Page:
What’s fascinating though is the way one of those Opposition leaders is beginning to get right under the government’s skin. Not so much Ed Miliband, the leader, though he’s beginning to land some telling blows, as the Shadow Chancellor Ed Balls. As the Guardian pointed out at the weekend, he’s been right on a couple of notable points, above all in his assertion that the government’s policies would lead us back into recession without sorting the debt problem. So – balls by name, but when it comes to talking balls, he leaves that to the government, and limits himself to exposing it.

Nothing is so painful for a politician as to face an opponent who told him so. And it’s a test of good politicians that they can rise above that pain. But, as I’ve said, Cameron isn’t a good politician. Faced with Ed Balls’ provocative asides, he’s cracked a few times in recent times, most notably last week when he was heard to call him a ‘muttering idiot’.

Interesting that he takes Balls’ barbs so badly. I can only put it down to the phenomenon Dorothy Parker pointed to when she said ‘I don't care what is written about me so long as it isn't true’. Whoever said that the truth can never hurt was showing the kind of propensity for talking balls that marks our present government. A lie can be shrugged off, but a true criticism strikes deep and hard.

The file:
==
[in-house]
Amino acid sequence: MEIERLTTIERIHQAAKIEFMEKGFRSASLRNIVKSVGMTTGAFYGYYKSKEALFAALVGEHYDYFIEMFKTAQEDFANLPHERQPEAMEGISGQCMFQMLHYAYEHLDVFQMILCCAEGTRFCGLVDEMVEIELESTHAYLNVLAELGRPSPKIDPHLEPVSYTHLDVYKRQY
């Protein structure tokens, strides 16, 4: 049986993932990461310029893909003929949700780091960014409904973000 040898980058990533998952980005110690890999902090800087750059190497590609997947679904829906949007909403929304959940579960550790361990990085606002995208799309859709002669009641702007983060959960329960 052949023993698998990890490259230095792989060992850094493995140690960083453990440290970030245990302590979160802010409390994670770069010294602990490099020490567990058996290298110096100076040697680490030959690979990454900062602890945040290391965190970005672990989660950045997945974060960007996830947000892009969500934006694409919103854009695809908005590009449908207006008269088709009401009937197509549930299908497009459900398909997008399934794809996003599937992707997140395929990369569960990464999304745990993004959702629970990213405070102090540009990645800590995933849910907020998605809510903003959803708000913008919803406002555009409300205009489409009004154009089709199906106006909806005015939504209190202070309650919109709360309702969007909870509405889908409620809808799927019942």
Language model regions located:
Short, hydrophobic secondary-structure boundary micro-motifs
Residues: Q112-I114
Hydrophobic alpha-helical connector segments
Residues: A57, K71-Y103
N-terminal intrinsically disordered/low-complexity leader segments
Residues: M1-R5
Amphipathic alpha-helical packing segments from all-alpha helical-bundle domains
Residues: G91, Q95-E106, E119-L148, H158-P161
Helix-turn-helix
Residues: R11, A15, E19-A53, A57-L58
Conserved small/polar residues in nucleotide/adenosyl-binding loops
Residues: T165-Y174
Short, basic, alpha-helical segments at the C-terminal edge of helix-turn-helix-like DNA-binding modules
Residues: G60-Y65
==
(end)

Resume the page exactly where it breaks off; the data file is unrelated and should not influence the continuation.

So poor old Cameron. He’s beginning to lose it. The sure sign of the beginning of the end. 

Couldn’t happen to a more deserving chap, really.

But why is he so bad at all this? After all, he has a background in PR. Why is he so incompetent at communications?

Without wanting to do any pop psychology, I can’t help feeling the answer’s easy. He’s never had to strive for anything. Everything’s dropped into his lap. Eton, then Oxford. At Oxford, he was in the Bullingdon club whose members liked to get drunk in restaurants and then trash them, knowing that ‘Daddy’ would be round to pay for the damage. Why, he even got his chance to enter Parliament because the previous holder of his seat, Shaun Woodward, defected to Labour and had to give it up.

There have been increasing rumours that Cameron simply doesn’t work too hard. A lot of holidays, frequent evidence of attending meetings poorly briefed.

Could it simply be that he’s at last having to work for something and he just doesn’t know how?